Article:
Drive architectural decisions, which are the primary unit of work of architectural activities. Continuous Architecture recommends explicitly focusing on architectural decisions because if we do not understand and capture architectural decisions, we lose the knowledge of tradeoffs made in a particular context. Without this knowledge, the team is inhibited from being able to support the long-term evolution of the software product. As we refer to our case study, we highlight key architectural decisions the team has made.
Know your technical debt, the understanding and management of which is key for a sustainable architecture. Lack of awareness of technical debt will eventually result in a software product that cannot respond to new feature demands in a cost-effective manner. Instead, most of the team’s effort will be spent on working around the technical debt challenges—that is, paying back the debt.
Implement feedback loops, which enable us to iterate through the software development life cycle and understand the impact of architectural decisions. Feedback loops are required so that the team can react quickly to developments in requirements and any unforeseen impact of architectural decisions. In today’s rapid development cycles, we need to be able to course-correct as quickly as possible. Automation is a key aspect of effective feedback loops.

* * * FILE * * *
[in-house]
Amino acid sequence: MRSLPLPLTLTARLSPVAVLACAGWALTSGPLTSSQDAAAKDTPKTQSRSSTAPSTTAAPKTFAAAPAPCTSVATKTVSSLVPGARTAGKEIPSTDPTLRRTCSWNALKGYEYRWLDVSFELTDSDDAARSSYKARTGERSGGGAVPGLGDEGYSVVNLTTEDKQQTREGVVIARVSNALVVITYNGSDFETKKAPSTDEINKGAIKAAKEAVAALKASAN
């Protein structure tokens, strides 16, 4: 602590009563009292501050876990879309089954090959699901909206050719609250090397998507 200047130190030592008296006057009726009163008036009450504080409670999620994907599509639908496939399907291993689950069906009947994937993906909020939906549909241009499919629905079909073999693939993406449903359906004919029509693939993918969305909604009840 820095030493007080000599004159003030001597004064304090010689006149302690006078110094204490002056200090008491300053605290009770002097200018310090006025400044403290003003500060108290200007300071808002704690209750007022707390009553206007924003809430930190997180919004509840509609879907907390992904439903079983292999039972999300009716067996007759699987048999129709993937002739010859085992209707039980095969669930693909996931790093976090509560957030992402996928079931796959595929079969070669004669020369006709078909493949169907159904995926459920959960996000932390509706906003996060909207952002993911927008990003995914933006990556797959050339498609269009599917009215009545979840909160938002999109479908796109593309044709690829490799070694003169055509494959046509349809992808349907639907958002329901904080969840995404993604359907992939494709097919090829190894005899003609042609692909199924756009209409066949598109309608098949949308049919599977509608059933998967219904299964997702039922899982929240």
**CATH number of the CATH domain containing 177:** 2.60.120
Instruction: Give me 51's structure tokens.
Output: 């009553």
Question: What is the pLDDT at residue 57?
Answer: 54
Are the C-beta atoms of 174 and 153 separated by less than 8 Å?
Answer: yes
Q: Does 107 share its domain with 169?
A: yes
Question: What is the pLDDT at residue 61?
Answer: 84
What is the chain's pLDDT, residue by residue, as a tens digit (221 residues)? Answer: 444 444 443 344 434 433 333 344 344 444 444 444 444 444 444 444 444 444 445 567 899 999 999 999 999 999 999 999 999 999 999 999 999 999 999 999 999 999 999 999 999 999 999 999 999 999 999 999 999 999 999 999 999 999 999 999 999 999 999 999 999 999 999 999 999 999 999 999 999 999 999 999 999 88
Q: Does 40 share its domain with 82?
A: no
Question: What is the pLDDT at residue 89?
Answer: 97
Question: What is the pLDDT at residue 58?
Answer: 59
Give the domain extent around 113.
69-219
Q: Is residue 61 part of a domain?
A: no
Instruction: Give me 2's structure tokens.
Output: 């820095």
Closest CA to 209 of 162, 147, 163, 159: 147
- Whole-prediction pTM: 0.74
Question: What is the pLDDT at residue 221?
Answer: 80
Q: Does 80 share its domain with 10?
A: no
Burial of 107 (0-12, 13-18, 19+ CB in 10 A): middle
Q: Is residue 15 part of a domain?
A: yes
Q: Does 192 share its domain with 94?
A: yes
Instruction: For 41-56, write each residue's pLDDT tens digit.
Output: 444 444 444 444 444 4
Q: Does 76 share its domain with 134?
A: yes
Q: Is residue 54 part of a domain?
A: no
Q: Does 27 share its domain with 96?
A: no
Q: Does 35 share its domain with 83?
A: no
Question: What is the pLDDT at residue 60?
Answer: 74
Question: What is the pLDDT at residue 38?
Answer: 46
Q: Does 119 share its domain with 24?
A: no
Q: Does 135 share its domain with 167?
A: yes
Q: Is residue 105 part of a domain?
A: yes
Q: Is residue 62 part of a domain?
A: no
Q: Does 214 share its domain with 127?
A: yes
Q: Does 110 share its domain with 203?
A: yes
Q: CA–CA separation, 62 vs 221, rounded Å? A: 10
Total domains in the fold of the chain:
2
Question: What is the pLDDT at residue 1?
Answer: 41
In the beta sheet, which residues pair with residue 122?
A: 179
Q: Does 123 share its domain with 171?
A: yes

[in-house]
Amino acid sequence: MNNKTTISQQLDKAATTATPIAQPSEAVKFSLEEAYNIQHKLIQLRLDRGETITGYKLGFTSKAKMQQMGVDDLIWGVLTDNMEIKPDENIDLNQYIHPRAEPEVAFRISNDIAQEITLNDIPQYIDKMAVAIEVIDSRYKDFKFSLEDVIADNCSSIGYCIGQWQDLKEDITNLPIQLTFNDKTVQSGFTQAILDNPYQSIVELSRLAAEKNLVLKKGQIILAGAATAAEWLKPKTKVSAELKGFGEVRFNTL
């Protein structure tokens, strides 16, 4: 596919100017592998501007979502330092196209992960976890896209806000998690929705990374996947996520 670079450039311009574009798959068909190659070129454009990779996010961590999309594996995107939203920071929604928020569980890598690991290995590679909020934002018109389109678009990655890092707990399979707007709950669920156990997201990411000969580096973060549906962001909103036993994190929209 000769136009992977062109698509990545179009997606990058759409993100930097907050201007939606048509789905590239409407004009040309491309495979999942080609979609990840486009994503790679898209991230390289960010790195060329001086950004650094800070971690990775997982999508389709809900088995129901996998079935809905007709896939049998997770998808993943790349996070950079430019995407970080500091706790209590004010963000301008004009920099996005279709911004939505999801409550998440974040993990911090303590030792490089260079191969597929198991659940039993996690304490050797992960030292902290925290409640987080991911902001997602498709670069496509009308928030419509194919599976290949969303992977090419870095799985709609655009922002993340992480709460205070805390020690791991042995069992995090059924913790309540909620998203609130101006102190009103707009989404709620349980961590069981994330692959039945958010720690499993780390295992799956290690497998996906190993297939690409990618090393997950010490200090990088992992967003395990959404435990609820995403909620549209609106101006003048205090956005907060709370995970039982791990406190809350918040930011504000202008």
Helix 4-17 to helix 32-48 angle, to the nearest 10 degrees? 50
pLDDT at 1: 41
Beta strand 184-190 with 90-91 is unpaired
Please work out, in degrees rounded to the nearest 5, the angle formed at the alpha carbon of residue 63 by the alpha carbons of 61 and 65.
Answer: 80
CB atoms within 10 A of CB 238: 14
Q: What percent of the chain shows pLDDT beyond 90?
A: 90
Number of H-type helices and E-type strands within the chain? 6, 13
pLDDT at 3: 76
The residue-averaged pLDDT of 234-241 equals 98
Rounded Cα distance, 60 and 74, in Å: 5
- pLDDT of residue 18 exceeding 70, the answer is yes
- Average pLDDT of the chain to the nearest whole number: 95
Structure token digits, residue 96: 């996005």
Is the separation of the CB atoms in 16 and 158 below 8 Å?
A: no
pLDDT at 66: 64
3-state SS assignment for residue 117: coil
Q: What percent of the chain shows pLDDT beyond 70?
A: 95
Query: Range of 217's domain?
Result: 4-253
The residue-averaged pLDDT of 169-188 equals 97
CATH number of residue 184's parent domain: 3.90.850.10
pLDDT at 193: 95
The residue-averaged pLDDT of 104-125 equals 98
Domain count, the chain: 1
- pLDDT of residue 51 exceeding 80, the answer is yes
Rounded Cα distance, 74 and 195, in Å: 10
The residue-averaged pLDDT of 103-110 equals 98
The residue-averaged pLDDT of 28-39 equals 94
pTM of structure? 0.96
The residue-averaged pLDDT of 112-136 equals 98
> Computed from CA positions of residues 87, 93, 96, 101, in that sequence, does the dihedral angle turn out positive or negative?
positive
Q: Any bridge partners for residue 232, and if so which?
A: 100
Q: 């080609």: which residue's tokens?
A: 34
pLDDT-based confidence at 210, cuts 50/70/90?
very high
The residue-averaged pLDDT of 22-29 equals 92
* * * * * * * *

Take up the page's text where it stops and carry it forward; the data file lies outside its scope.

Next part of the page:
Figure 2.2 depicts the Continuous Architecture loop that combines these elements.
Figure 2.2 Essential activities of architecture
Clearly, the main objective of the essential activities of architecture is to influence the code running in the production environment.3 As stated by Bass, Clements, and Kazman, “Every software system has a software architecture.”4 The main relationships among the activities are summarized as follows:
Architectural decisions directly impact the production environment.
Feedback loops measure the impact of architectural decisions and how the software system is fulfilling quality attribute requirements.
Quality attribute requirements and technical debt help us prioritize architectural decisions.
Architectural decisions can add or remove technical debt.
It might come as a surprise that we do not talk about models, perspectives, views, and other architecture artifacts. These are incredibly valuable tools that can be leveraged to describe and communicate the architecture. However, if you do not undertake the essential activities we emphasize, architecture artifacts on their own will be insufficient. In other words, models, perspectives, views, and other architecture artifacts should be considered as a means to an end—which is to create a sustainable software system.
The following sections discuss each of the essential activities in more detail. We complete this chapter with a summary view of common themes we have observed in today’s software architectural practice that complement the essential activities.